There is an actual person behind it.
When I was young, I loved buying and wearing clothes without knowing how they were made. I thought it was the shop itself that was producing all those clothes - but not humans ( that was in the old times) !
It is not until I stepped foot in Malaysia and traveled to Bangladesh that I realised actual people were behind the process of making clothes in one place for many high street brands I knew very well.
It impacts people lives
I was lucky enough to know people from Bangladesh and to visit "safe" factories but my friends also made me aware of the sad truth behind the manufacturing of our clothes.
People are not only exploited but working in terrible conditions. They aren't paid fairly (not even the average salary the country would normally provide), working overtime to meet the demand ( like 15-17 hours/day) and manipulating toxic & hazardous dyes which causes diseases.
Workers marching for their lives in Dhaka
It impact our environment
All our clothes are made using man made fabric such as polyester, nylon or microfiber which are essentially made using plastic we produce in mass quantity. In the process, our clothes are then coloured & dyed to create more options & choices for us to consume. However, synthetic fibers can only be dyed using synthetic & toxic dyes.
These synthetic colours allowed manufacturers and dye houses to operate in large quantities, and offer vivid, rich colours. They became the go-to option as very easy to manipulate and offer a limitless palette of colour options.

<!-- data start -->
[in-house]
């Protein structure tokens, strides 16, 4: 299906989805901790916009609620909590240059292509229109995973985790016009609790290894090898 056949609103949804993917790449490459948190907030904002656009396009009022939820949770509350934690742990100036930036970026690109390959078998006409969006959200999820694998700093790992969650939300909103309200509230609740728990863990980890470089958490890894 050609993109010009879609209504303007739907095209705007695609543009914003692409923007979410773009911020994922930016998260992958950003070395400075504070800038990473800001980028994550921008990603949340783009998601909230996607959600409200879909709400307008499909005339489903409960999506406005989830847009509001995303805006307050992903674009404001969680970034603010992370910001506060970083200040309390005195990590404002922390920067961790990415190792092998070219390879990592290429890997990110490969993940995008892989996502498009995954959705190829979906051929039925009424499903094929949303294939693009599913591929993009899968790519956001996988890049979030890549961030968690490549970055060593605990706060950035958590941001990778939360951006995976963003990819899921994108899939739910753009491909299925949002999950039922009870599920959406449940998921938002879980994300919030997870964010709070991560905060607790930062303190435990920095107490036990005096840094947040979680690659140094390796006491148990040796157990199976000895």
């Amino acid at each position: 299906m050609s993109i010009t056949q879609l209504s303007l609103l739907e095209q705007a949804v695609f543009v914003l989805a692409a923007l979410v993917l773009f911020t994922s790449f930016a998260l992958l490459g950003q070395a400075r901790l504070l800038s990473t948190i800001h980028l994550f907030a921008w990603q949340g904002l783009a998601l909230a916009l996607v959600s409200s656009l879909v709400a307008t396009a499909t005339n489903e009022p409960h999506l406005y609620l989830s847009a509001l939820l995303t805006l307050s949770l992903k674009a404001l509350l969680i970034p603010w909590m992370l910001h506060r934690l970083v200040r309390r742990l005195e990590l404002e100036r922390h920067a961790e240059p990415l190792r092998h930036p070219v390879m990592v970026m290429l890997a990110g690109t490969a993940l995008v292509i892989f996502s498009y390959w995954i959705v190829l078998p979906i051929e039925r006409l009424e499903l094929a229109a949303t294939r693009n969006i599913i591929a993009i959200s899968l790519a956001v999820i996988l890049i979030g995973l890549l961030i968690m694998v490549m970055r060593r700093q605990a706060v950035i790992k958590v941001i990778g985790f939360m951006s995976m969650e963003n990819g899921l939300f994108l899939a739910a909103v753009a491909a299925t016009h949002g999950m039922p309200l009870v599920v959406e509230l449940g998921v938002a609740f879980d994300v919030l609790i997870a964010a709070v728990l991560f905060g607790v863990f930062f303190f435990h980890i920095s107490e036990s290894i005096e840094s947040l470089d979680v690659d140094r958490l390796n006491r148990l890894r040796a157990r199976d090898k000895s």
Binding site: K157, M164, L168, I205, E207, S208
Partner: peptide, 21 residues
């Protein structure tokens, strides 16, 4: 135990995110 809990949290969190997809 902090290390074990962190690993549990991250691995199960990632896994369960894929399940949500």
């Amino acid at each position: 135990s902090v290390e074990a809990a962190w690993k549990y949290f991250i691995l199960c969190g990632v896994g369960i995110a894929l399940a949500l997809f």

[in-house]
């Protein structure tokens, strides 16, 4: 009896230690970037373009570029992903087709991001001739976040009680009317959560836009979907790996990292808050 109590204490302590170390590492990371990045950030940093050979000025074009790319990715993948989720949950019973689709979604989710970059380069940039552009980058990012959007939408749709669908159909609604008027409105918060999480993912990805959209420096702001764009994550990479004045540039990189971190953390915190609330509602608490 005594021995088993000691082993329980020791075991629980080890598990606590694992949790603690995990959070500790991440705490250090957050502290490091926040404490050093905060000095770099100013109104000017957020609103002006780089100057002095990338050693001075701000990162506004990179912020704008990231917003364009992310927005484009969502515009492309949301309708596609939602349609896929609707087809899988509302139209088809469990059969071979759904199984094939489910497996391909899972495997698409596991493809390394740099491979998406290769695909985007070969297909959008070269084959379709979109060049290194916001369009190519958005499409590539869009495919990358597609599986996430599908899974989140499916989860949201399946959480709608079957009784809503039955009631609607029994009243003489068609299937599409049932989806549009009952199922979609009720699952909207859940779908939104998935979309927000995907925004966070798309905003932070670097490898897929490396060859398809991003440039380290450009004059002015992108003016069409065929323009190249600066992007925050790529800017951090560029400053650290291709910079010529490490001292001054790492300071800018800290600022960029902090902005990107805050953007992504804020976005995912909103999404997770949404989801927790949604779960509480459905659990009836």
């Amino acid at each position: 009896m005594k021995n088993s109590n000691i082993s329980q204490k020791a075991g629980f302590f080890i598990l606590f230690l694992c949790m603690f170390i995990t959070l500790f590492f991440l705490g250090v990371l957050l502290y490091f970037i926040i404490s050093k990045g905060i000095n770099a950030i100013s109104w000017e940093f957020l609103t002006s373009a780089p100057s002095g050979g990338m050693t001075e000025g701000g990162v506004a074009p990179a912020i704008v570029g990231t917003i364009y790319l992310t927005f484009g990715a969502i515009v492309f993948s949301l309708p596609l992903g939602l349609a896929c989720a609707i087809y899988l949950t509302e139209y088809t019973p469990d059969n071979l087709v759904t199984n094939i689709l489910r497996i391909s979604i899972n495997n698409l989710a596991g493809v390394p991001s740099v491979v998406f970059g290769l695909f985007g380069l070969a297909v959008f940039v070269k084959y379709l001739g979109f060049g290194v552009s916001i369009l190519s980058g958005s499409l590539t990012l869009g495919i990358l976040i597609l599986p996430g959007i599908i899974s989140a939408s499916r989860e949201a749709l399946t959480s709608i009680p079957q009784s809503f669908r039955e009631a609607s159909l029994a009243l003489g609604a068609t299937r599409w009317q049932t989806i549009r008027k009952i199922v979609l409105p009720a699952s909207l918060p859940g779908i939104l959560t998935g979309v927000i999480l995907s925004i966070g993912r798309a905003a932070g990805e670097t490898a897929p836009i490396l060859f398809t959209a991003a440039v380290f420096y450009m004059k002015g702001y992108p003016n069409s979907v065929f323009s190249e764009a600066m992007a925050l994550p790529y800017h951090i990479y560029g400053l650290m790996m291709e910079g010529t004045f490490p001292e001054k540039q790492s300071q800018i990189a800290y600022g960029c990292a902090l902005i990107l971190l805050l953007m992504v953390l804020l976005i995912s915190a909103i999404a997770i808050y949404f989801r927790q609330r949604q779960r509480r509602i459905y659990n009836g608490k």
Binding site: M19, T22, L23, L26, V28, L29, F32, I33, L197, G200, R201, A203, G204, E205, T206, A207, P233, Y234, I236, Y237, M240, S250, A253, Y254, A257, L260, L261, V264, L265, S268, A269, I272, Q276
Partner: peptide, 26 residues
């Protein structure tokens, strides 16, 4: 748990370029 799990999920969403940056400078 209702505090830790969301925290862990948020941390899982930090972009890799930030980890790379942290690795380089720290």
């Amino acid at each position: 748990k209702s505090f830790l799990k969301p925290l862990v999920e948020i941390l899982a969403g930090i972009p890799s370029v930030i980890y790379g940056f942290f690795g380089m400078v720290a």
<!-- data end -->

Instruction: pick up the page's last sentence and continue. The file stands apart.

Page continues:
In the process of dyeing our clothes, factories and dye houses mix synthetic dyes with water and then reject the waste to the rivers.
As they have been chemically developed to stick to any type of fabrics, the runoff of synthetic dyes in freshwater is contaminating and polluting overtime having a very disastrous effect on our planet.
Rivers are turning green, red or pink in many countries in which our clothes are produced killing river species and contaminating the water that cannot be used by local communities.
Contaminated river in Bangladesh
It impacts our local economy
Those big retailers saw a huge opportunity in outsourcing their supply chain to other countries for lower costs. This also meant that a lot of cities/areas of the country lost their primary activity resulting in huge unemployment and a deprived area.
Supporting local manufacturing helps supporting the local economy, our talent & our resources.
Julie making scrunchies & scarves using the natural dyeing process
The stories behind the clothes
We have many talents that thrive in creating sustainable and more transparent businesses and you can be introduced to the actual people behind the brand.
And it is incredible to listen, share & connect with those stories, those experiences that are so unique. It helps us bringing the world together and making sure we keep it real <3
Mum & Julie launching a sustainable & guilt free fashion brand